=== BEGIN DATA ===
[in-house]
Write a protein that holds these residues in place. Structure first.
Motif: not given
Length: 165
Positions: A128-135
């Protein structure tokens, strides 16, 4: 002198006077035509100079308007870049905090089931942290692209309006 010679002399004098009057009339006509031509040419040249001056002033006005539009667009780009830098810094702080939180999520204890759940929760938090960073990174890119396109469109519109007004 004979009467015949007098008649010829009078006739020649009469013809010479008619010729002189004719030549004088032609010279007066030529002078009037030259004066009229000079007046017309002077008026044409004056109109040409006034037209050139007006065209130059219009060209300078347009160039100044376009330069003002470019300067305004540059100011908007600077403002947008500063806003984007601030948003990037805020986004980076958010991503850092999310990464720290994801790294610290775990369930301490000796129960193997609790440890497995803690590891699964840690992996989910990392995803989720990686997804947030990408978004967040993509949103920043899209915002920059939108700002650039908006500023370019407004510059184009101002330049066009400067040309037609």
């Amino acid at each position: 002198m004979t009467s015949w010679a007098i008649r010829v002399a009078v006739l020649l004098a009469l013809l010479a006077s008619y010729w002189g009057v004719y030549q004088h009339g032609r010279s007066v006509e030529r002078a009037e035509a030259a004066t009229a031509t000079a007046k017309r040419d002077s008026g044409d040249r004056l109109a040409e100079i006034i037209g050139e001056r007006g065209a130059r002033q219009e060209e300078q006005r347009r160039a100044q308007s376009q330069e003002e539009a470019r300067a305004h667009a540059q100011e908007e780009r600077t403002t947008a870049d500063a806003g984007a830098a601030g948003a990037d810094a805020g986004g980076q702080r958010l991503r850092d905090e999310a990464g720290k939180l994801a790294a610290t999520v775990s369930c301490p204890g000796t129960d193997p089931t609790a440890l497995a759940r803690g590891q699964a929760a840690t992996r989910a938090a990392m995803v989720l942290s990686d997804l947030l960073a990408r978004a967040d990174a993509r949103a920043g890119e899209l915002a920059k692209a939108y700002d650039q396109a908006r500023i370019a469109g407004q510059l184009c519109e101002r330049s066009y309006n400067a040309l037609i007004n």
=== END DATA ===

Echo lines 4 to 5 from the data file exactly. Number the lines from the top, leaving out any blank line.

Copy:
Length: 165
Positions: A128-135